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Social Studies Biographies
|edHelper's suggested reading level:||grades 8 to 10|
|Flesch-Kincaid grade level:||9.14|
By Vickie Chao
1 At the turn of the 12th century, the Middle East was in crisis. Just a few years before, on November 27, 1095, Pope Urban II made a public speech at the Council of Clermont. As he addressed the gathering crowd, he urged his fellow countrymen to forsake whatever they had and march on to the Holy Land. He wanted them to free Jerusalem from the Turks and restore it as a Christian city. Pope Urban's passionate pleas and powerful closing remark ("God wills it!") moved the audience and initiated the First Crusade. In no time, more than sixty thousand Christian warriors signed away their lives, ready to fight the Islamic Turks. After enduring years of hardship, they finally achieved what they had set out to do in the first place. They captured Jerusalem on July 15, 1099. Immediately following the success, the Crusaders began a killing rampage, slaughtering as many as thirty thousand Jerusalem residents, regardless of their faiths. They killed not only Muslims, but also Jews, and even Christians!
2 The fall of Jerusalem was a cruel wake-up call to Muslims. They desperately wanted it back. To attain that goal, they needed a strong leader who could unite the rival factions. At the time, there was simply no such candidate available. So they had to wait -- for eighty-eight years! On October 2, 1187, a sultan named Saladin conquered Jerusalem and brought the Holy Land back into the hands of Muslims.
3 Saladin was born into a prominent Kurdish Sunnite family in Tikrit in 1137 or 1138. His full Arabic name was Salah ad-Din Yusuf Ibn Ayyub, which means "The Righteousness of the Faith, Joseph, Son of Job."
4 When Saladin was a mere boy, his parents sent him to study in Damascus, Syria. There, he joined his uncle Shirkuh, a famous military commander under the emir Nur al-Din, on an expedition into Egypt. That mission was, by all accounts, very difficult. At the time, Egypt was at the center of a three-way struggle. To assert Nur al-Din's authority, Shirkuh and Saladin were responsible for both fending off the incursion of Amalric I (the king of Jerusalem) and suppressing Shawar (a powerful vizier of the Egyptian Fatimid caliph). The uncle and the nephew spent a considerable amount of time in Egypt and managed to keep things under control. After Shirkuh died in 1169, Saladin ordered the assassination of Shawar and became the vizier of the Fatimid caliph.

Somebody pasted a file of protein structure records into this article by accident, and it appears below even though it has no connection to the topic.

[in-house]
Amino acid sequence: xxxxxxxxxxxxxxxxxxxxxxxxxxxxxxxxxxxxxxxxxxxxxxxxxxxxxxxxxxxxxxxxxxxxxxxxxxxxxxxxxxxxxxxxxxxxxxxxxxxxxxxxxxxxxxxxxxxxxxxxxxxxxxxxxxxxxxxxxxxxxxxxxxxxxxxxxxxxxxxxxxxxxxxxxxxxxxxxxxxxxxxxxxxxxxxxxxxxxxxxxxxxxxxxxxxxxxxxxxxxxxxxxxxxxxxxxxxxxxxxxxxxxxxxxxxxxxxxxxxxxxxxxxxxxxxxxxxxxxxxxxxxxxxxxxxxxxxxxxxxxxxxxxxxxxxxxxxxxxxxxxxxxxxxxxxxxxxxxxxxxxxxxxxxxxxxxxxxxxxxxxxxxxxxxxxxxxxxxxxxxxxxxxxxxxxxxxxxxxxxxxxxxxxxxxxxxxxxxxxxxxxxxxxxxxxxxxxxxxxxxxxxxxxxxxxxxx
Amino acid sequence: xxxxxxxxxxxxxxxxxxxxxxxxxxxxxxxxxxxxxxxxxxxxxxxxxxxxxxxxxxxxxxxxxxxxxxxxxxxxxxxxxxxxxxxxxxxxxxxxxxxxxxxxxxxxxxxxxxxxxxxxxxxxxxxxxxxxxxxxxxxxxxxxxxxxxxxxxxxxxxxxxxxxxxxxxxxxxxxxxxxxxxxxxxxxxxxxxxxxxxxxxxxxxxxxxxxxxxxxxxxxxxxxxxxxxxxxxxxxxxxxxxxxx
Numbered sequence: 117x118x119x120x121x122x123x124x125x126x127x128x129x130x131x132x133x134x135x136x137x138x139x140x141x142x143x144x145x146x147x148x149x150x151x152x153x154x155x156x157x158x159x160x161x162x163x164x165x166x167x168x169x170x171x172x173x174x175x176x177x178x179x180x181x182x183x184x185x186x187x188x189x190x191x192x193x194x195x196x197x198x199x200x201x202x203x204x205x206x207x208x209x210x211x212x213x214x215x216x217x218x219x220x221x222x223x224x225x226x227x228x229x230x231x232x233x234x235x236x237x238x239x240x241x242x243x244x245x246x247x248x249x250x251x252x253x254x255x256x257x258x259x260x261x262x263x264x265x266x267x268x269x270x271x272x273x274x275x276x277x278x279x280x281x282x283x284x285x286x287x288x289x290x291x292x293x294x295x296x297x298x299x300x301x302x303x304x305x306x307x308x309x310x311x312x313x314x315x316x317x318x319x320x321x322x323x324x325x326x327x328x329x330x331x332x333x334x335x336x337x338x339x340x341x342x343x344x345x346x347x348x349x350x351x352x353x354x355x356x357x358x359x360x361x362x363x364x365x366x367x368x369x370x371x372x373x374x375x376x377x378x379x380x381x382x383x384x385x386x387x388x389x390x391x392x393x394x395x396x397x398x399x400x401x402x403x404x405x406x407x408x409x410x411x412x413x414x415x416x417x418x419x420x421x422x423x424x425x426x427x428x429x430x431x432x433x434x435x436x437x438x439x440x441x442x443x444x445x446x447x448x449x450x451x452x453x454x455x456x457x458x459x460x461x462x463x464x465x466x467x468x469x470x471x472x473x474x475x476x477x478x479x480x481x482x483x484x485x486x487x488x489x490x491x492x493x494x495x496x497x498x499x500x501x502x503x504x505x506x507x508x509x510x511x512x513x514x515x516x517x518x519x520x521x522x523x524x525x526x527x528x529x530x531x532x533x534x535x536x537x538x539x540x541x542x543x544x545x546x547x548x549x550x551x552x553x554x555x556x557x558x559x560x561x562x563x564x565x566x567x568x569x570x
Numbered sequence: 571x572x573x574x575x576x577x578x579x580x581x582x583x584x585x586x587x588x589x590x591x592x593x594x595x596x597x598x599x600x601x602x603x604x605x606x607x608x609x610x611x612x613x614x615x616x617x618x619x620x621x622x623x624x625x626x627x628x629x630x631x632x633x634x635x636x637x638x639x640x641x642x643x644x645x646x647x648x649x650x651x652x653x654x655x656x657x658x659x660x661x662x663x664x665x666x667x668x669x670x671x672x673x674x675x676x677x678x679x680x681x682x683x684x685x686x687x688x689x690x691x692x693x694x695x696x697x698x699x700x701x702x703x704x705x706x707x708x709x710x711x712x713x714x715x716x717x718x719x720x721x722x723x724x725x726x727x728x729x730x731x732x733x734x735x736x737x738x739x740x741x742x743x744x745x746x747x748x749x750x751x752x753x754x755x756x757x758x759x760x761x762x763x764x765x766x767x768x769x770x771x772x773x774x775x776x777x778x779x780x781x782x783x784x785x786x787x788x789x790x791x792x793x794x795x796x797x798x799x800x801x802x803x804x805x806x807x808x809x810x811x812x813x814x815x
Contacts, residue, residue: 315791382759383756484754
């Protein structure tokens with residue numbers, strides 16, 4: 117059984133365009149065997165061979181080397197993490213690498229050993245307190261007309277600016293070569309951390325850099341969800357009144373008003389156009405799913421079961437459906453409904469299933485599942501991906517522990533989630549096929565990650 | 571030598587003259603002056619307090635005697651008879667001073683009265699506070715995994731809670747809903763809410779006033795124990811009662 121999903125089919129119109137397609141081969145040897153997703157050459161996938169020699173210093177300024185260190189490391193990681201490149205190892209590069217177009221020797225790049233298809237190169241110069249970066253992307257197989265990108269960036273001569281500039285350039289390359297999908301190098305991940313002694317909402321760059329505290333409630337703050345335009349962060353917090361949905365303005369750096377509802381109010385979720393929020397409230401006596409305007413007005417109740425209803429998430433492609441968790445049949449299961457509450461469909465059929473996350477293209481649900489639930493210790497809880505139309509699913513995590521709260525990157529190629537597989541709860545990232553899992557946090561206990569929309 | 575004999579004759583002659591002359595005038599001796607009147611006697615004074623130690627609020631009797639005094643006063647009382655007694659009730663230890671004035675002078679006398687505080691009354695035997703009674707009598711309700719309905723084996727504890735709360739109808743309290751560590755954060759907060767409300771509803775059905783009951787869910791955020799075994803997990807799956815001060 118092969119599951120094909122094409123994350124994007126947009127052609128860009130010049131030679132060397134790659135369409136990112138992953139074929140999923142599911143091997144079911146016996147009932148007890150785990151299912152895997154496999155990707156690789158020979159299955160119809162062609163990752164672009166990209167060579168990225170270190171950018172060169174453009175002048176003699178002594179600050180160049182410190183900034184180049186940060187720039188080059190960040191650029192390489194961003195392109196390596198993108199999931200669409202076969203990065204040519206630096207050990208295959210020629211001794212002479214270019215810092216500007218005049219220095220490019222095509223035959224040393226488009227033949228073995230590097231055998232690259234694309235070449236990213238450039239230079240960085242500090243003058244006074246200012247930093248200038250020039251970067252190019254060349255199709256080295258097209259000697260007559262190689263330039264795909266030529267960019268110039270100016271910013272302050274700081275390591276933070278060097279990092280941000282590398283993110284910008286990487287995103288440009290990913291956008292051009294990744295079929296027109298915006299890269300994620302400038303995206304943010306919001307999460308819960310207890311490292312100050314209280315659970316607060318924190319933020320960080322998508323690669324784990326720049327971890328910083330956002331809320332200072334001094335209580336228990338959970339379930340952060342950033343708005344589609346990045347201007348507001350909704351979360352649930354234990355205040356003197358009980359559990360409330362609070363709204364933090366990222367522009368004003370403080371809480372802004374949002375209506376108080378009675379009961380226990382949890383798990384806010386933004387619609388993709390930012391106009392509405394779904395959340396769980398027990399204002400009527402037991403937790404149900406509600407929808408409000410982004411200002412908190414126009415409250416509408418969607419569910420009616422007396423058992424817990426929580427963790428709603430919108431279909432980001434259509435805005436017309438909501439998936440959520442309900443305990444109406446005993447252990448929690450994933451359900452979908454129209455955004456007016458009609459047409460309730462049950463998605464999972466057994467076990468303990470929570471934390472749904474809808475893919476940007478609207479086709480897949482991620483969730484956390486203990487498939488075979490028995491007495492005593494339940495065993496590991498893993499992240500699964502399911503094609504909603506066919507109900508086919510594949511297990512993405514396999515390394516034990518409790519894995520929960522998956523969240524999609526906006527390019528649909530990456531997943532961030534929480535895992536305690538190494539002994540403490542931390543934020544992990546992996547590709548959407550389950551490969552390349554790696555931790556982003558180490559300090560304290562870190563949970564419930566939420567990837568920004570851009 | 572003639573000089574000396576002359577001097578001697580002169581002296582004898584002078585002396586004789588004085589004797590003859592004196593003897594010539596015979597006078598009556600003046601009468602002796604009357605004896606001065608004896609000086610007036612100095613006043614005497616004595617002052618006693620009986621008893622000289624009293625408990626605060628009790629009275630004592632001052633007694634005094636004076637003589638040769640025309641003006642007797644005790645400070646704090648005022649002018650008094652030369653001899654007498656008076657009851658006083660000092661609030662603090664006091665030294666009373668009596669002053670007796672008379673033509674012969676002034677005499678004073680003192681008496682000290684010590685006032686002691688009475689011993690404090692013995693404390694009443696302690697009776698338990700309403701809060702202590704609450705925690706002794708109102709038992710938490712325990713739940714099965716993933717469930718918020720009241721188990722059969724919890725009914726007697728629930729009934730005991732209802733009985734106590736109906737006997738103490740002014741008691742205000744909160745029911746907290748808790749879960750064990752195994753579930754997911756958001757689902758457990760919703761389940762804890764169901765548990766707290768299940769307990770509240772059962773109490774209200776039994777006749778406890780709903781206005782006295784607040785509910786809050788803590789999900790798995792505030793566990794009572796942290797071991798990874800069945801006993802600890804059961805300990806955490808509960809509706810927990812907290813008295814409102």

5 In September 1171, the last Fatmid caliph (Al-Adid) died. Upon his demise, Saladin proclaimed Egypt should return to Sunnite Islam (from Shiite) and renewed his allegiance to Nur al-Din. As an ambitious young man, Saladin wanted to build his own empire. But he did not want to have any conflict with his overlord. So he put his dream on hold for three years. When Nur al-Din died in 1174, Saladin founded the Ayyubid dynasty and began a series of military aggressions. His first target was Syria. From 1174 to 1186, Saladin worked zealously in consolidating his power. Over the short span of twelve years, he enlarged his empire from the original holding of Egypt to include Syria, northern Mesopotamia, and Palestine. Throughout the expansion, he tried to stay out of the Crusaders' way. He did that, not because he was afraid of his enemies, but because the time was not yet right. Despite his best efforts, Saladin could not avoid every skirmish. When a conflict became inevitable, he and his men fought bravely and often emerged victorious. During this period, he had only one major setback. On November 25, 1177, the combined forces of Baldwin IV (the king of Jerusalem), Raynald of Chatillon (the prince of Antioch; also spelled as Reginald or Reynald), and the Knights Templar ambushed the overconfident Saladin at Montgisard and nearly wiped out his entire army. Only one tenth of his forces made it back to Egypt.
Paragraphs 6 to 11:
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